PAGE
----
Taanit, Chapter Three, Mishnah Three
This mishnah teaches that if the drought was local, then the fasts are only performed locally as well.
And so too a city, upon which no rain has fallen as it is written, And I caused it to rain upon one city, and I caused it not to rain upon another city; one piece was rained upon (Amos 4:7)that city fasts and they sound a blast, but those [in the places] around it fast but do not sound the alarm. Rabbi Akiva says: they sound the alarm but do not fast.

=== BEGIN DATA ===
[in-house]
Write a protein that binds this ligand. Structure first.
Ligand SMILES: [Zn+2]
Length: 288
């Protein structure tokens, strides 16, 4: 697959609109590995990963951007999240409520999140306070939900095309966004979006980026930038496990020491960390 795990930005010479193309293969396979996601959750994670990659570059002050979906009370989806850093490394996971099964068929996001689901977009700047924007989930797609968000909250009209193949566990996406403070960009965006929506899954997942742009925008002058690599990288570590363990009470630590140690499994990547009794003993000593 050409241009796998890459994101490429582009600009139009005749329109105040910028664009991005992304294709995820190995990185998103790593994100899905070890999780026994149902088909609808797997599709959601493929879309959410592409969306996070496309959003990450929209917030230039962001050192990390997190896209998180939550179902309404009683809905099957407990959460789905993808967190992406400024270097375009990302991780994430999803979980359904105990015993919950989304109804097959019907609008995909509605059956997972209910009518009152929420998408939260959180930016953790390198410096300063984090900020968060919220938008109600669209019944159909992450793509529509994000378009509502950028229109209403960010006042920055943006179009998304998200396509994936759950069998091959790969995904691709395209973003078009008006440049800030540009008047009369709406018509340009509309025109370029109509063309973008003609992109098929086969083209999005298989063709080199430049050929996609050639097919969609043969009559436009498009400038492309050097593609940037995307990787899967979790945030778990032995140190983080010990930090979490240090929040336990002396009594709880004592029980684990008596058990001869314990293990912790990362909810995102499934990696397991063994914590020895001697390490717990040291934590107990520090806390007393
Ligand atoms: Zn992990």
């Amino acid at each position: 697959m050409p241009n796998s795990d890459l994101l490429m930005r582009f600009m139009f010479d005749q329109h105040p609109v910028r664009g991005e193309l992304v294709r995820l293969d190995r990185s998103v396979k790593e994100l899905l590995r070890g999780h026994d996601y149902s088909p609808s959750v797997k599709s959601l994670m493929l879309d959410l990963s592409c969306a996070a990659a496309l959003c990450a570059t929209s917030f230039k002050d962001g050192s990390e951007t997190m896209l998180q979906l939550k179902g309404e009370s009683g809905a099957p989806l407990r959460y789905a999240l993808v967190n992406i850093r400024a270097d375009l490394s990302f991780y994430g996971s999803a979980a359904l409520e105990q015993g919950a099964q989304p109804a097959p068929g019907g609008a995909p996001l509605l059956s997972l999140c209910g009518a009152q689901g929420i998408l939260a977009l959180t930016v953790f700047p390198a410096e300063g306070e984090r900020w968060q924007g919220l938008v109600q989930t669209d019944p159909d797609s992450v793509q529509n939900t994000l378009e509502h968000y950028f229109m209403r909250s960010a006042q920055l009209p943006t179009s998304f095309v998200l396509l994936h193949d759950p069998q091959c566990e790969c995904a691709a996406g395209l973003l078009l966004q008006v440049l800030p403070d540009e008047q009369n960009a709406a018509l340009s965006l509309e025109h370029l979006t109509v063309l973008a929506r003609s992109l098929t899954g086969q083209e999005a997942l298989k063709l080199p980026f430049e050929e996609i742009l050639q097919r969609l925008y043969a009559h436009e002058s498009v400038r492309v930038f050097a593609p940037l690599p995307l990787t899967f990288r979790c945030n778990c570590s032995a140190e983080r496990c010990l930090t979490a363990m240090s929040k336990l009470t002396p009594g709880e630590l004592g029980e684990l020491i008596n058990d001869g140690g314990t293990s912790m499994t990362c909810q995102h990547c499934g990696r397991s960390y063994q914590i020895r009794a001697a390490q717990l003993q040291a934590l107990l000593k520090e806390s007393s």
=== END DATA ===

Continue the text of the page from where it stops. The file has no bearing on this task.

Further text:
The quote from Amos shows that droughts can be localized and that God can send a drought upon one city, but not upon another. In such a case that city fasts and performs the entire ritual. The surrounding cities partially join in the fast as a show of support. However they do not fully join in, because it is, after all, raining in their city. It seems that partial fasting/sounding the shofar is to show both their empathy for their fellow Israelites and yet at the same time show their gratitude to God for causing it to rain on their town. The sages and Rabbi Akiva debate concerning which part of the fasting ritual is observed by those in the neighboring town. The sages say that they fast but do not blow the shofar whereas Rabbi Akiva holds the opposite.